Therefore Krump is right to a degree that is is created in the minds of the human perception. But just because it is by our perception that this truth is revealed does not mean that it would not still be a truth without our perception, that is ridiculous.

Darkness will still exist in the absence of light whether man sees it or not.

Likewise, what is evil and wrong doing against another person is exactly that whether the human mind chooses to define the parameters or not. Of course it requires interaction between humans to create the division but our choice to lay down parameter is not what creates the godd and evil of a matter.

I do not need two people to come along and have one punch me in the nose, and than the other to kiss me on the cheek to know that it was wrong for a person to punch me in the face. I would know that a punch in the face is wrong without having ever been kissed.

For a similar discussion on the difference between good and evil I invite you to this page:

http://www.philosophyforum.com/philosophy-forums/branches-philosophy/ethics/4608-goodness-good-person-true-justice-3.html#post87576
 
manored
 
Reply Wed 2 Sep, 2009 10:03 am
@Krumple,
Krumple;87554 wrote:
[/I][/COLOR]You have mistaken what this says. Taoism isn't saying that right or wrong exist, it is saying that both are the same thing. We invent what is right and what is wrong but in nature there is no distinguishing factor that says right or wrong. Same goes for the self, it is a label that doesn't do anything of itself, a concept that has nothing substantial about itself yet we run around thinking it to be.
I dont get the part about the self, it seens obviously substantial to me: I exist, and I am not the only thing that exists. How can I be confunded into the universe?
 
Alan McDougall
 
Reply Thu 3 Sep, 2009 07:17 am
@Pathfinder,
Pathfinder;86961 wrote:
Actually Alan, its funny you say that because I just read on the internet here somewhere that one of the ancient chinese texts is actually almost word for word translated the same way that John 1:1 was written only they speak of the Overall Creation instead of individualizing it as the Logos Incarnate. Do you think that is coincidental in any way? That text would have been written 4 thousand years before John. And I know that the book of Gilgamesh and some oither ancient Mesopotamian writings also mimic the Bible, or should I say the Bible written long after them seems to mimic them.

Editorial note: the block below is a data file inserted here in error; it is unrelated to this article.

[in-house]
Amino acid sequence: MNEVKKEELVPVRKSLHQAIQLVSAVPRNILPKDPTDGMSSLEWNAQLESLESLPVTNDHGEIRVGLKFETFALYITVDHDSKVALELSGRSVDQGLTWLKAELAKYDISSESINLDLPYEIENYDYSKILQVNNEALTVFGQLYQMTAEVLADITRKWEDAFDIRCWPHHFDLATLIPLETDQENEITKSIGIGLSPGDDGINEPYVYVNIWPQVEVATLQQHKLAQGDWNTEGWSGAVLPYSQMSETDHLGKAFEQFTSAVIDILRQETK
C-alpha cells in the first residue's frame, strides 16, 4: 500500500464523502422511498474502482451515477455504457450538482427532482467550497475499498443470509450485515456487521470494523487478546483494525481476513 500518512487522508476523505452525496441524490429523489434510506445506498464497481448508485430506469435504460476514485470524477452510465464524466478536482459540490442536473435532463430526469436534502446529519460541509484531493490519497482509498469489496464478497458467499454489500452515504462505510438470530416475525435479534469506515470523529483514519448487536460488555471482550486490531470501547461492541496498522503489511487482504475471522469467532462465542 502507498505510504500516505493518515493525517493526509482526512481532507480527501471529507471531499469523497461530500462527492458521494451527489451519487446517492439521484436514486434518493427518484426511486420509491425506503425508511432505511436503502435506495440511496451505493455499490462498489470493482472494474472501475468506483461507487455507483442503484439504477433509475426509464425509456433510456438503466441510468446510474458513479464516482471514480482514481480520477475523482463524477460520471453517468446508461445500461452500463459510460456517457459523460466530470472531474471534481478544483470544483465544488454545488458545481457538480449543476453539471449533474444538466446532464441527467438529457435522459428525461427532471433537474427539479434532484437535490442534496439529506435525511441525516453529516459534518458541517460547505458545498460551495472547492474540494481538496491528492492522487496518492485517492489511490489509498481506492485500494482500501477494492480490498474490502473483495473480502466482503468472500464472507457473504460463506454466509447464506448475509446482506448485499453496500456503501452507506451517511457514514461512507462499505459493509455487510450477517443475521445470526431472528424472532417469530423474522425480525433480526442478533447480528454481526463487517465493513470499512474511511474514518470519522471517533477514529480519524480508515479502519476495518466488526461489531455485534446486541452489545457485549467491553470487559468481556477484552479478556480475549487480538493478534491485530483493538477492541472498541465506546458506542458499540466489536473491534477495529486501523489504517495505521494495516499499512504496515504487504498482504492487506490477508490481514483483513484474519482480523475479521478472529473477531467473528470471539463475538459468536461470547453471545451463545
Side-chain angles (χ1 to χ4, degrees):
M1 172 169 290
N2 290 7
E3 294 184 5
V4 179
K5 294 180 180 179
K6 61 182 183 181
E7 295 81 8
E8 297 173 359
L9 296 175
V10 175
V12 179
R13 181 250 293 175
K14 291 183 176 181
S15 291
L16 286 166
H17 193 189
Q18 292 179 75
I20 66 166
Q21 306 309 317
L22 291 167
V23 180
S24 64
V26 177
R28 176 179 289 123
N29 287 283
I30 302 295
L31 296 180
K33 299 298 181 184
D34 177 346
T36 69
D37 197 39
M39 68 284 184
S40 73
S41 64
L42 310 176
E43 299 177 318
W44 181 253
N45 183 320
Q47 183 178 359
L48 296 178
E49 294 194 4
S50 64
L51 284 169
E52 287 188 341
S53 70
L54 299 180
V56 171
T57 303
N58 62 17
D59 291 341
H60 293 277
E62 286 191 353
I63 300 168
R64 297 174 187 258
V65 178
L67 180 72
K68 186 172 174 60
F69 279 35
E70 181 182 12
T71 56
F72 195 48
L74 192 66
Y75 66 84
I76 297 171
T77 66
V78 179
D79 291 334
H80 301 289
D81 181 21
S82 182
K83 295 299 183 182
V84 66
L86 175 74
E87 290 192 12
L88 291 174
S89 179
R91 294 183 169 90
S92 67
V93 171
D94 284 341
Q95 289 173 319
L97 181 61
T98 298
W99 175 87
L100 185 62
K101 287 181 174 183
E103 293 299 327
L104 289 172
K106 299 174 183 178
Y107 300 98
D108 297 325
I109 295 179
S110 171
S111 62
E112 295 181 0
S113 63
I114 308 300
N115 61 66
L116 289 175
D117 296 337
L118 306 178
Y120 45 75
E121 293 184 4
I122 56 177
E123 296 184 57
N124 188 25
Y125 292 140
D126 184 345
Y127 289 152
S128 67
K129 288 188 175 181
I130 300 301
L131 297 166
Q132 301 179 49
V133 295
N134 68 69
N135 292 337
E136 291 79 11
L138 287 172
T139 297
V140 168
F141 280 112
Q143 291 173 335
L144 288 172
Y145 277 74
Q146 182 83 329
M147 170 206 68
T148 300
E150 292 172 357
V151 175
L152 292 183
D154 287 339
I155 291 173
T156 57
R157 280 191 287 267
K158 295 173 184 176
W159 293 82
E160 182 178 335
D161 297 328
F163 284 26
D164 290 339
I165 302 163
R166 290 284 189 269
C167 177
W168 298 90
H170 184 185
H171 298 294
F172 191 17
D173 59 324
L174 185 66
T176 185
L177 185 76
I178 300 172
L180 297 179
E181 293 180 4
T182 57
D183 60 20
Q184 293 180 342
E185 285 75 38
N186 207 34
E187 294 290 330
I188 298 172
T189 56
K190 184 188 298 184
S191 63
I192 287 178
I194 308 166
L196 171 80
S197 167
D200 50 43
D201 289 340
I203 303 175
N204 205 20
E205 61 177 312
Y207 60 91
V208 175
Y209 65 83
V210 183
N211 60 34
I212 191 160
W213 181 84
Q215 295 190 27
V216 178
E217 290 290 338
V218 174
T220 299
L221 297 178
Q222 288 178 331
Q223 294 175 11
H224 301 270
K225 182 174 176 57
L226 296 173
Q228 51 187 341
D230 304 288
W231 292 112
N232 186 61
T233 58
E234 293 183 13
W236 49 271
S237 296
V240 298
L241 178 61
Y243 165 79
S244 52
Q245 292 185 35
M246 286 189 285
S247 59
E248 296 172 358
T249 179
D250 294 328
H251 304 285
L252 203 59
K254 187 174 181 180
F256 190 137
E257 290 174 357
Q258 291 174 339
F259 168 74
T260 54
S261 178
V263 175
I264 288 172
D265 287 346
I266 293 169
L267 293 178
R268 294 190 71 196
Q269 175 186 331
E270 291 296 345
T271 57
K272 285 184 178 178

Hi Pathfinder and others,

I have been away for a few days thus my silence.

John 1.1 In the beginning was the Word and and the Word was with God and the Word was God.

Daoism has its roots in Buddhism and Confucianism although they were not authors of this belief system A great topic, however, I think all great religions have very similar core beliefs such as love, honesty charity respect , but the followers sadly never live up to the hight standards set by their masters.

Mahatma Gandhi once said he would have become a follower of Christ if it were not for the bad record of his followers
 
Krumple
 
Reply Thu 3 Sep, 2009 07:32 am
@Pathfinder,
Pathfinder;87572 wrote:

Therefore Krump is right to a degree that is is created in the minds of the human perception. But just because it is by our perception that this truth is revealed does not mean that it would not still be a truth without our perception, that is ridiculous.


The truth is, they are the same thing.

Pathfinder;87572 wrote:

Darkness will still exist in the absence of light whether man sees it or not.


Darkness, so vague of an explanation for what? Bad? Evil? What? Everything that is NOT good? What does any of that say? Nothing, because it is subjective terminology.

Pathfinder;87572 wrote:

Likewise, what is evil and wrong doing against another person is exactly that whether the human mind chooses to define the parameters or not. Of course it requires interaction between humans to create the division but our choice to lay down parameter is not what creates the godd and evil of a matter.


Then what does? A tiger that kills the deer to eat is what? Morally neutral since it does not consider the deer at all or just because it is an animal? Since we have the ability to think about the situation, it now becomes an issue? We kill for profit, we kill for land, we kill for vengence, yet no one seems to care if it is a terrorist that we kill but if it is your neibor, then by all means you are an evil person? Yeah THAT seems logically natural.

Pathfinder;87572 wrote:

I do not need two people to come along and have one punch me in the nose, and than the other to kiss me on the cheek to know that it was wrong for a person to punch me in the face. I would know that a punch in the face is wrong without having ever been kissed.


What if the punch was to get you to realize that the kiss was poisonous? I could punch you in the face to win the trophy. Were they not the same kind of punch? One driven by purpose determines it's evilness?
 
Subjectivity9
 
Reply Wed 7 Oct, 2009 04:34 pm
@Pathfinder,
Pathfiner,

I am afraid that I must go with Krumple on this last issue. Good and evil are both in the eye of the beholder, a subjective decision.

However, I do think, like you said, that we can measure harm, as in something that requires healing.

Subjectivity9